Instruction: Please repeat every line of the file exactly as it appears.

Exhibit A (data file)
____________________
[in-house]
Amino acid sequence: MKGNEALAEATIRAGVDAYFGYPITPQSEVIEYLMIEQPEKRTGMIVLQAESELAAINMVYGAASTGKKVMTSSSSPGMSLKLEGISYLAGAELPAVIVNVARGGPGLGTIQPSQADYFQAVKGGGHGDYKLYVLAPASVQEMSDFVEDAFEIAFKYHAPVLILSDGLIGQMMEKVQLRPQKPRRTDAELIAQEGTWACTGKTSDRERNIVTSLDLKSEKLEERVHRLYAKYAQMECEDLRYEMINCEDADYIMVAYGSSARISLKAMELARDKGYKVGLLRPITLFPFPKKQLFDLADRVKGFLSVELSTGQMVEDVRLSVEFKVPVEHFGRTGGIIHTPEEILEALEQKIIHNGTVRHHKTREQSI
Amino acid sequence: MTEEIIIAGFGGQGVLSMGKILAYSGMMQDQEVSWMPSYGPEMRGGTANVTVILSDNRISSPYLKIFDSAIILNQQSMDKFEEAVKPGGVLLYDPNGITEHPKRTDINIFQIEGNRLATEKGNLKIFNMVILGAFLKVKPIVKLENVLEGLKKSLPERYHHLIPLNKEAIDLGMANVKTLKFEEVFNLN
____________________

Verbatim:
[in-house]
Amino acid sequence: MKGNEALAEATIRAGVDAYFGYPITPQSEVIEYLMIEQPEKRTGMIVLQAESELAAINMVYGAASTGKKVMTSSSSPGMSLKLEGISYLAGAELPAVIVNVARGGPGLGTIQPSQADYFQAVKGGGHGDYKLYVLAPASVQEMSDFVEDAFEIAFKYHAPVLILSDGLIGQMMEKVQLRPQKPRRTDAELIAQEGTWACTGKTSDRERNIVTSLDLKSEKLEERVHRLYAKYAQMECEDLRYEMINCEDADYIMVAYGSSARISLKAMELARDKGYKVGLLRPITLFPFPKKQLFDLADRVKGFLSVELSTGQMVEDVRLSVEFKVPVEHFGRTGGIIHTPEEILEALEQKIIHNGTVRHHKTREQSI
Amino acid sequence: MTEEIIIAGFGGQGVLSMGKILAYSGMMQDQEVSWMPSYGPEMRGGTANVTVILSDNRISSPYLKIFDSAIILNQQSMDKFEEAVKPGGVLLYDPNGITEHPKRTDINIFQIEGNRLATEKGNLKIFNMVILGAFLKVKPIVKLENVLEGLKKSLPERYHHLIPLNKEAIDLGMANVKTLKFEEVFNLN